The iPod shuffle holds up to 120 on the 512MB version and up to 240 songs on the 1GB version. Designed for those who enjoy shuffling their music playlist, the iPod shuffle has no LCD screen and is smaller than most packs of gum. Apple aimed the newest iPod at the 30 percent market share of personal music players that they do not already own.
The iPod shuffle and Mac mini are available for purchase now on the Apple Store website and will be available in most Apple Store retail locations on January 22, 2005.
One of the early promises of the Information Age was contained in the adage “information wants to be free.” The massive transfer of data to digital formats and the Internet, the rapid explosion in memory capacity and communication bandwidth, and the falling price of technology are related trends reshaping humankind’s relationship with knowledge. The latest example is the public availability of raw images from the current space probe missions, including Cassini-Huygens at the Saturnian system.
In a surprising turn, imaging enthusiasts and amateurs outside ESA and NASA are beating the space agencies at turning the raw data returned by the Huygens space probe from the surface of Titan into breathtaking panorama, mosaics, cleaned-up single images, 3D renderings, and anaglyphs. These images are not official, but reflect the remarkable abilities of these individuals, most of them in Europe. The public seems to be responding; traffic has slowed down the servers of these enthusiasts to a crawl.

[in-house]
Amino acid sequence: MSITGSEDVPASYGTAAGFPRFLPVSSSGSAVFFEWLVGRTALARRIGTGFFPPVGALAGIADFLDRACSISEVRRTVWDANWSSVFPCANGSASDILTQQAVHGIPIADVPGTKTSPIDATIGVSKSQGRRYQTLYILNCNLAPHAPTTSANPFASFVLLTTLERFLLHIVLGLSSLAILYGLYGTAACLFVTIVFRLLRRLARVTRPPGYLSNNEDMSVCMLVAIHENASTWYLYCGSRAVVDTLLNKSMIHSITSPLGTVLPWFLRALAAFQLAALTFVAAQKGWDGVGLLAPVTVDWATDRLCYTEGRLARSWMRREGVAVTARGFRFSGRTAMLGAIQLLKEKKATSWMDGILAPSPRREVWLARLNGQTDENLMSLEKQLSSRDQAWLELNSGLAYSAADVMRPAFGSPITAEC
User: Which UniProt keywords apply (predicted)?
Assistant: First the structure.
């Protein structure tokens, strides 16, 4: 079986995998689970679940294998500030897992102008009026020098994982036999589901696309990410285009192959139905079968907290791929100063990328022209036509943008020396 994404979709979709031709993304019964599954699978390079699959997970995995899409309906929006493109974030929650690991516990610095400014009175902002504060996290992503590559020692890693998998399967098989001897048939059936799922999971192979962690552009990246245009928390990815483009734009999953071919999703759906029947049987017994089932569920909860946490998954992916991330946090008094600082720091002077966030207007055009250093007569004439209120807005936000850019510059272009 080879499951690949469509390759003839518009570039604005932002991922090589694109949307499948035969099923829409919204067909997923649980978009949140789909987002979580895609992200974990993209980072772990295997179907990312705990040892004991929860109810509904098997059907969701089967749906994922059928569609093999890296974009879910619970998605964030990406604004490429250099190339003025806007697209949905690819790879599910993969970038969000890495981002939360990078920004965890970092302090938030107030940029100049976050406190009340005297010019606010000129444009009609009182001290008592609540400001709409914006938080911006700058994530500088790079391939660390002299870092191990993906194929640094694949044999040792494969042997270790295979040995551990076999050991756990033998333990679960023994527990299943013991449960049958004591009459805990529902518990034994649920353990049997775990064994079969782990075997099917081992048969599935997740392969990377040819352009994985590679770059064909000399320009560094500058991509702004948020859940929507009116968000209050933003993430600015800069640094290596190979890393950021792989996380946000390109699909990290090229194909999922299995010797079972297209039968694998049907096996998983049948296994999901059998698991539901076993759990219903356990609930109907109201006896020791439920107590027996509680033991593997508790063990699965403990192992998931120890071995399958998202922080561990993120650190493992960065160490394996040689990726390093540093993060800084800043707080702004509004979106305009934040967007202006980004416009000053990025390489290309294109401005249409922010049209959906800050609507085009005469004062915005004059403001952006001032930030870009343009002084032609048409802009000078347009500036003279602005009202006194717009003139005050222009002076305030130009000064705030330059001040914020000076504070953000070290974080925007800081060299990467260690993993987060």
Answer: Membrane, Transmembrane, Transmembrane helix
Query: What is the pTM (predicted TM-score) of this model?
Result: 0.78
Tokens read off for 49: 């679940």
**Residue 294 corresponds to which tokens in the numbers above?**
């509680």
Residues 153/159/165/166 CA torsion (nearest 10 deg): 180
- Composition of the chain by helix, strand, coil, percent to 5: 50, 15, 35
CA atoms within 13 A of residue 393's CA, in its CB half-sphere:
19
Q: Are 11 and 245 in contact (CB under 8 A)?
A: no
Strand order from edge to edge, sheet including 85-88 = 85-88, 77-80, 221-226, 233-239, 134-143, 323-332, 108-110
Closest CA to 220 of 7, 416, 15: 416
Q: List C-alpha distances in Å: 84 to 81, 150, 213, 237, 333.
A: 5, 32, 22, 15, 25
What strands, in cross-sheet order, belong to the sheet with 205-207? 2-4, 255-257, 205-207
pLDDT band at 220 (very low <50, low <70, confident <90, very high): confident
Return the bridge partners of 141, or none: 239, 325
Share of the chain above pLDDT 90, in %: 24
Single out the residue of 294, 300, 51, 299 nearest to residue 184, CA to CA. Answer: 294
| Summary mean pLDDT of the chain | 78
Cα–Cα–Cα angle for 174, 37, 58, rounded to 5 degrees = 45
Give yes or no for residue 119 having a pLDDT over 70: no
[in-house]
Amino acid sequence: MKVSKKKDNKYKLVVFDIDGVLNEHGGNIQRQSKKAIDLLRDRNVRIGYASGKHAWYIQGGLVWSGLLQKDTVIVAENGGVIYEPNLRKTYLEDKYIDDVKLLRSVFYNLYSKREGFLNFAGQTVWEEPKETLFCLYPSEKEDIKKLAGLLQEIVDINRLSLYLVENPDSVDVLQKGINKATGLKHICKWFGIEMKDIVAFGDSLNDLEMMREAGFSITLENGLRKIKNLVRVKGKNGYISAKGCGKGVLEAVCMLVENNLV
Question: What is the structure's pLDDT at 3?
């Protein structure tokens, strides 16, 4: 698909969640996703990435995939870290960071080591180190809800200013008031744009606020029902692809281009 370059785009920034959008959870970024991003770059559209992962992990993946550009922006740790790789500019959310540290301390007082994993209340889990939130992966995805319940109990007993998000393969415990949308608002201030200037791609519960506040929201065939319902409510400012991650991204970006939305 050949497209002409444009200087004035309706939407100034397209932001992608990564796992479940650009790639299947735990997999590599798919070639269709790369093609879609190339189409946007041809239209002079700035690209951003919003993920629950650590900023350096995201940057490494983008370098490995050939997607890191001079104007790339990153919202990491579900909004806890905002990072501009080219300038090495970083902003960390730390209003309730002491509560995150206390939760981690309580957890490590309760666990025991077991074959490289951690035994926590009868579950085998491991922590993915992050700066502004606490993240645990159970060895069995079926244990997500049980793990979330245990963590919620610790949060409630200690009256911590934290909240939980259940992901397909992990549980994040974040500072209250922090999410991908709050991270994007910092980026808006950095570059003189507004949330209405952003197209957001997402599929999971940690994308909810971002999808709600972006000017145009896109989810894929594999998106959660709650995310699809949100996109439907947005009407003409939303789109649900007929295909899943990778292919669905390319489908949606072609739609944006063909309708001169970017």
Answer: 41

The most popular site appears to be anthony.liekens.net, where various contributors have sent in their weekend work. The number of images dwarfs the available images from ESA and NASA. From the site:
“This work has been done by amateurs with no extensive scientific background, publishing the first images in under 8 hours. We’ll have to wait for ESA/NASA to deliver us the correct images, so please, take the resulting images on this page with a grain of salt (that was a disclaimer).”
Impatience and enthusiasm have never come together so beautifully.